The present invention relates to providing a stand of reachable saddle racks to accommodate easy loading, wherein the stand of saddle racks can be raised/lowered on a pole for convenience of storage.

BACKGROUND OF THE INVENTION

Horse trailers can carry a tack room for transporting four or more saddles. FIG. 1 (prior art) shows a horse trailer 1 having a tack room doorway 2. A rear wall 3 has four permanently mounted saddle racks 4, 5, 6, 7. The horseman has to physically lift a saddle up onto racks 5, 6, 7 wherein rack 4 is about at waist height.

U.S. Pat. No. 3,294,267 (1966) to Schweigert discloses a tack room ceiling mounted saddle rack that provides the rack to slide outside the tack room door at about waist height for loading two saddles. No lifting of a saddle to a higher storage position is suggested in this nor any known prior art reference.

Below follows a brief description of the related art.

U.S. Pat. No. 2,809,755 (1957) to Martorello discloses a single saddle stationary rack bolted to a closet floor.

U.S. Pat. No. 3,294,267 (1966) to Schwiegert discloses two saddle racks mounted from a closet ceiling bracket, wherein the rack slides out of the trailer for loading.

U.S. Pat. No. 3,315,819 (1967) to Kingsbery discloses a tree stand for saddles.

U.S. Pat. No. 3,662,909 (1972) to Cherry discloses a ceiling mounted bracket which supports a slidable saddle rack.

U.S. Pat. No. 3,811,574 (1974) to O'Brien discloses a ceiling mounted bracket for a slidable saddle rack.

U.S. Pat. No. 5,362,078 (1994) to Paton discloses a hard truck and saddle stand combination.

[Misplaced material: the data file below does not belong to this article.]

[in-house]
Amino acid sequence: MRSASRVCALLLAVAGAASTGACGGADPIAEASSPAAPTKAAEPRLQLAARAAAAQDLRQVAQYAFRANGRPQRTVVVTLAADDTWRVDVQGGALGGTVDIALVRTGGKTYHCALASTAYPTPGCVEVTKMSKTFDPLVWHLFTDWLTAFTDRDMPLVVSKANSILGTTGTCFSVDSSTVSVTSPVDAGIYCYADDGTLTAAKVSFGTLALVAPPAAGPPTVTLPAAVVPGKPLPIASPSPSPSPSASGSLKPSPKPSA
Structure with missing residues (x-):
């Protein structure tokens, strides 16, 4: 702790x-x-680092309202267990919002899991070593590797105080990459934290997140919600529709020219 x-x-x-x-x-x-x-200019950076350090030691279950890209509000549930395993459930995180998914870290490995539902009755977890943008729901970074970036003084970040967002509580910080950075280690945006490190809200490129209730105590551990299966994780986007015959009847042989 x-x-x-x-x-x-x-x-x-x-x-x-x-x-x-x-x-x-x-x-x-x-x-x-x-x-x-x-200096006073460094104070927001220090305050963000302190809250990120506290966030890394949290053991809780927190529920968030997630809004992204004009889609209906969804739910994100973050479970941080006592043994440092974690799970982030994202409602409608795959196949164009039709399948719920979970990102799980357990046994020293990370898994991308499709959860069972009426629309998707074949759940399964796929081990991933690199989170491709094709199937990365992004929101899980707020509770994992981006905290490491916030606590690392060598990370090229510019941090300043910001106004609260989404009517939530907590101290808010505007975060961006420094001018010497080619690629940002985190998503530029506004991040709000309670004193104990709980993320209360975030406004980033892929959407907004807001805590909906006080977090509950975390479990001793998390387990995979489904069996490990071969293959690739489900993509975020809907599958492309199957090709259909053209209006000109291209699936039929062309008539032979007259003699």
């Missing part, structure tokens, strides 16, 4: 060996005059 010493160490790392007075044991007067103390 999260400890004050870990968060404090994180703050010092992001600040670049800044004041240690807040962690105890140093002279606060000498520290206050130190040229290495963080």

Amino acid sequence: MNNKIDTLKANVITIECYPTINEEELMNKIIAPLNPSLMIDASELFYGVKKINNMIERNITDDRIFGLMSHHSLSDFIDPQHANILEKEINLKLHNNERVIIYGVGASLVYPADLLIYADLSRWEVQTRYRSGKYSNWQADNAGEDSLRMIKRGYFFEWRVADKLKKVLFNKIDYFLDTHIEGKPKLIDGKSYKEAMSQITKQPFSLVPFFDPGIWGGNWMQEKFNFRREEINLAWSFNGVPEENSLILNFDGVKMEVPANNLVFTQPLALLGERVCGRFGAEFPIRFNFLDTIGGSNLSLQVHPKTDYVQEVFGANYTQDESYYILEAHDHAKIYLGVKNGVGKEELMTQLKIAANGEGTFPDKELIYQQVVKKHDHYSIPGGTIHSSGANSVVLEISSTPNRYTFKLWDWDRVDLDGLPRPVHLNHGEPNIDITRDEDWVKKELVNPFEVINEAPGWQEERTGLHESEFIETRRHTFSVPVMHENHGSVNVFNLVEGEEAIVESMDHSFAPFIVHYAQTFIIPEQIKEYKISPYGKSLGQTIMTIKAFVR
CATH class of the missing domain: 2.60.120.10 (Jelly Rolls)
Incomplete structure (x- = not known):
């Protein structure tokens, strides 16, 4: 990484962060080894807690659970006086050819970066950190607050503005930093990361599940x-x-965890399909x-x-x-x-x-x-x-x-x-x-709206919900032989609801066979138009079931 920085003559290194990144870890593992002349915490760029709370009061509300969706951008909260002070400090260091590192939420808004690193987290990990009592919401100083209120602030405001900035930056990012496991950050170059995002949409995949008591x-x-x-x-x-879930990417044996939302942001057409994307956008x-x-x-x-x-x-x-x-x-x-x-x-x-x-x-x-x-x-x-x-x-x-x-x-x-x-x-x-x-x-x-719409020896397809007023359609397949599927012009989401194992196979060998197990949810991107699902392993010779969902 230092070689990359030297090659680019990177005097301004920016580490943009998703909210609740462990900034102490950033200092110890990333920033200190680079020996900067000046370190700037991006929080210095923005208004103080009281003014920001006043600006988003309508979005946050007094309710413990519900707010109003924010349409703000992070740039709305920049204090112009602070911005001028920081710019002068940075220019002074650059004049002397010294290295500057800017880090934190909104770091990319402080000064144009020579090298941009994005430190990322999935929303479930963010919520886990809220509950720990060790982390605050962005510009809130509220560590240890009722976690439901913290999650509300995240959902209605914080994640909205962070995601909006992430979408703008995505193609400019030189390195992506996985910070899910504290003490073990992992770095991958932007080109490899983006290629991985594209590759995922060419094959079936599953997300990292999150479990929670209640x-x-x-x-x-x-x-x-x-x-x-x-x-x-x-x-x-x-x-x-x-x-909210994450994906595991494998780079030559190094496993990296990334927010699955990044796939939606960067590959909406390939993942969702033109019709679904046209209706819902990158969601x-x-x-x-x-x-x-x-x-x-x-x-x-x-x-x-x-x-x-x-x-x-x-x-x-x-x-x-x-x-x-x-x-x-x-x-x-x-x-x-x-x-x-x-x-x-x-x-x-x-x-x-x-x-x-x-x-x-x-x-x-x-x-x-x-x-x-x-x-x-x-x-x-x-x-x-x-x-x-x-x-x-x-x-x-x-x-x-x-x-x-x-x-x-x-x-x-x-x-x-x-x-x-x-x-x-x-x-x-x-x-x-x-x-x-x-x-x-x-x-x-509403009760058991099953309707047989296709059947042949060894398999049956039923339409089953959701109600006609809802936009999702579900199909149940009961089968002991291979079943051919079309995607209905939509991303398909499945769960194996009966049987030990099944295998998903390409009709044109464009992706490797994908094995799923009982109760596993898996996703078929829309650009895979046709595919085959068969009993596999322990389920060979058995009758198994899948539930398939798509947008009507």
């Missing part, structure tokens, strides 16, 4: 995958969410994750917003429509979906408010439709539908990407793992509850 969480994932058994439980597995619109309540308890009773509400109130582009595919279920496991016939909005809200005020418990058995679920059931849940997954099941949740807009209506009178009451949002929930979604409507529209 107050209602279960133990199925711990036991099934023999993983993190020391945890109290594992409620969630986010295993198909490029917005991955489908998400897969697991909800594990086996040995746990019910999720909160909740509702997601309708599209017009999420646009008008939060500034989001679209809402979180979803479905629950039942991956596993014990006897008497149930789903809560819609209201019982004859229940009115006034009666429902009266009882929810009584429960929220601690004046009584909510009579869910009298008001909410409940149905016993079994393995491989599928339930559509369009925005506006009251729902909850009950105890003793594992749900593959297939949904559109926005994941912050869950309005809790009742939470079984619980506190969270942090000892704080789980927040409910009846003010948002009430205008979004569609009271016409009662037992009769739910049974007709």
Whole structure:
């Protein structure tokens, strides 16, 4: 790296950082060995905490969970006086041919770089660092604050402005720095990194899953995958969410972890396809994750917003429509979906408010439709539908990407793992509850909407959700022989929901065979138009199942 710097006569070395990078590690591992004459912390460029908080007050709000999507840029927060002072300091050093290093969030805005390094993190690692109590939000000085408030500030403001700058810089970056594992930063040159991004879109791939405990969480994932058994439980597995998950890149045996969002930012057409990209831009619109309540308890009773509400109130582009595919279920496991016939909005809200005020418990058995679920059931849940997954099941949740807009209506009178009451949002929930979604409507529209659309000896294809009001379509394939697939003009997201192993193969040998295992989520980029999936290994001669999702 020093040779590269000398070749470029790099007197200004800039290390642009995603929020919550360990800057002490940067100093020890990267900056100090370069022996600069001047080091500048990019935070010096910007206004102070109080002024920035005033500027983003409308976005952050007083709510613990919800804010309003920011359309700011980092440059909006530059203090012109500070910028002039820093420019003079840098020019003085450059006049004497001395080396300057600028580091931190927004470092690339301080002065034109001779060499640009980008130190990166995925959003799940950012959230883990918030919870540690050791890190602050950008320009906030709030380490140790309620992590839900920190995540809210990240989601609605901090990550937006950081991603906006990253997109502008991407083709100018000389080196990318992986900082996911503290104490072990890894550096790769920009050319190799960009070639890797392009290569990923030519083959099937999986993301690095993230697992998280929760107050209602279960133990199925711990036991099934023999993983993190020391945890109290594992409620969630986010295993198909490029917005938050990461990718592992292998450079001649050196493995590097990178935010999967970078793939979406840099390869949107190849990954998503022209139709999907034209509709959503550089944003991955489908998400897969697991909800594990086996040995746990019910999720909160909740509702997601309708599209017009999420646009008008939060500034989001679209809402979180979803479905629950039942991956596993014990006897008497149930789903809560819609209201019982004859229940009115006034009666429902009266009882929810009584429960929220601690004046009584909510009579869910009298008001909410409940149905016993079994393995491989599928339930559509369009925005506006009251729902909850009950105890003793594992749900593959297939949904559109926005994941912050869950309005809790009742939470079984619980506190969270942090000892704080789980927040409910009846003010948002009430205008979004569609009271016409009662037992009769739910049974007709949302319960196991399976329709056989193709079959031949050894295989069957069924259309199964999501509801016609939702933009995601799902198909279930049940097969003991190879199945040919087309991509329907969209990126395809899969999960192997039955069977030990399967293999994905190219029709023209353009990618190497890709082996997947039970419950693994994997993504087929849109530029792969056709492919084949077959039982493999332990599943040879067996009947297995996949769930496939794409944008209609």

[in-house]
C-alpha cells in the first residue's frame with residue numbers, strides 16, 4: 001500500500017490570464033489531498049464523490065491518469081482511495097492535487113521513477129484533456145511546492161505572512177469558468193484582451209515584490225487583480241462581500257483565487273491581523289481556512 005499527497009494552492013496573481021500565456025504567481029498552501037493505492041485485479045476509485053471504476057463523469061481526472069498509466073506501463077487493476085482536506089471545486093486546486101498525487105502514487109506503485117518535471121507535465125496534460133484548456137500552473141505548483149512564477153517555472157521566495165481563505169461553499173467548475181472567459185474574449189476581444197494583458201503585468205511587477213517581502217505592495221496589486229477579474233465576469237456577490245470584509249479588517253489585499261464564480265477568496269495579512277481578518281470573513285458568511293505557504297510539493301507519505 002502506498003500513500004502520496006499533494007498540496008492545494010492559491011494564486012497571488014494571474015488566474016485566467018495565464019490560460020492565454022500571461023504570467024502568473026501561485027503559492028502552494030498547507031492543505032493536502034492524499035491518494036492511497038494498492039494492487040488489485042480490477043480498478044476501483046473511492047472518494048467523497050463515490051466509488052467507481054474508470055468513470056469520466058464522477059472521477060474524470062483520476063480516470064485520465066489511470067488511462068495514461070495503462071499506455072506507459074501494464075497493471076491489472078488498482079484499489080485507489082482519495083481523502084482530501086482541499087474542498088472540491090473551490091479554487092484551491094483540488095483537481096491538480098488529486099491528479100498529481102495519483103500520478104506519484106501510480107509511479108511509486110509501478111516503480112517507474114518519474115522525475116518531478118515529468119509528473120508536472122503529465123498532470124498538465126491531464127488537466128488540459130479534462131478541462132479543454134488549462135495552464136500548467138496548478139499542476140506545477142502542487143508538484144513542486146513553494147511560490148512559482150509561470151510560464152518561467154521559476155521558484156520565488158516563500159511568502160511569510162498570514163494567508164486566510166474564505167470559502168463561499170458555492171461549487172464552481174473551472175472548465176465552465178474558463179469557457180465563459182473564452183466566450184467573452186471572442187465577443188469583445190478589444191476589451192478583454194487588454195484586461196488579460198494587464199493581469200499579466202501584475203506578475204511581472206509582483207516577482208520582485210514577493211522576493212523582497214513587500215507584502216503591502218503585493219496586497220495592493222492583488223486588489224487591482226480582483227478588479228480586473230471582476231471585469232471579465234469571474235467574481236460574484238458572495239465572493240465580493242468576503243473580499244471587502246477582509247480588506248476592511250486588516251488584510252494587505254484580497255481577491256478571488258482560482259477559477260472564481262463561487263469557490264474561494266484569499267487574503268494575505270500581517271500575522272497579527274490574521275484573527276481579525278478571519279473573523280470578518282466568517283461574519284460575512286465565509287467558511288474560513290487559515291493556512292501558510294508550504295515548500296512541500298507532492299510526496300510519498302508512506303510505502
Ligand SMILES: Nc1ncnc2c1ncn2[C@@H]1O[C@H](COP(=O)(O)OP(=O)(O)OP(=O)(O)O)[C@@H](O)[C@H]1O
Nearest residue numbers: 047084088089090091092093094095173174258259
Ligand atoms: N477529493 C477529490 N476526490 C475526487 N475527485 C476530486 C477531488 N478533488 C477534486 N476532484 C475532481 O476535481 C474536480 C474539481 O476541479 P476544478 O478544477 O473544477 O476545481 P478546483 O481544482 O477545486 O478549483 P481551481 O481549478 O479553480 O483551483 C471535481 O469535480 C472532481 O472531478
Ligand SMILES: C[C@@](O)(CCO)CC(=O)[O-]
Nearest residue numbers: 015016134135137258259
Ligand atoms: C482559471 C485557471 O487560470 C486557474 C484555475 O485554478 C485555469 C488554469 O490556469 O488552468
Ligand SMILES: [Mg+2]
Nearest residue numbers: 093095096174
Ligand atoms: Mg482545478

U.S. Pat. No. 5,615,783 (1997) to Warnken discloses a fold out stationary saddle rack.

U.S. Pat. No. 6,189,706 (2001) to Akins discloses a stationary blanket rack.

U.S. Pat. No. 6,659,476 (2003) to Weida discloses a hard truck and rack combo.

U.S. Pat. No. Des. 42,635 (1912) to Lack discloses a stationary hanging rack.

U.S. Pat No. Des. 255,611 (1980) to Love discloses a hand truck and rack combo.

U.S. Pat. Pub. No. US 2004/0182803 Lay discloses a sliding wall mounted rack.

What is needed in the art is a mechanism to allow easy loading of a plurality of saddles onto a stand of racks, wherein the stand of racks are then lifted up to a storage position, and then lowered when unloading is needed.

The present invention provides a motorized four or more saddle rack that allows loading four saddles at a convenient height. The stand of saddle racks after loading is raised up. The stand of saddle racks can also pivot 180° for storage in the tack room of a trailer.

SUMMARY OF THE INVENTION

An aspect of the present invention is to provide a mounting pole inside the doorway of a trailer tack room.

Another aspect of the present invention is to provide a pivotable rack lifting mechanism mounted to the mounting pole.

Another aspect of the present invention is to provide the rack lifting mechanism with an array of saddle racks that move lower for loading and higher for storage. These saddle racks can hold saddles and/or harnesses.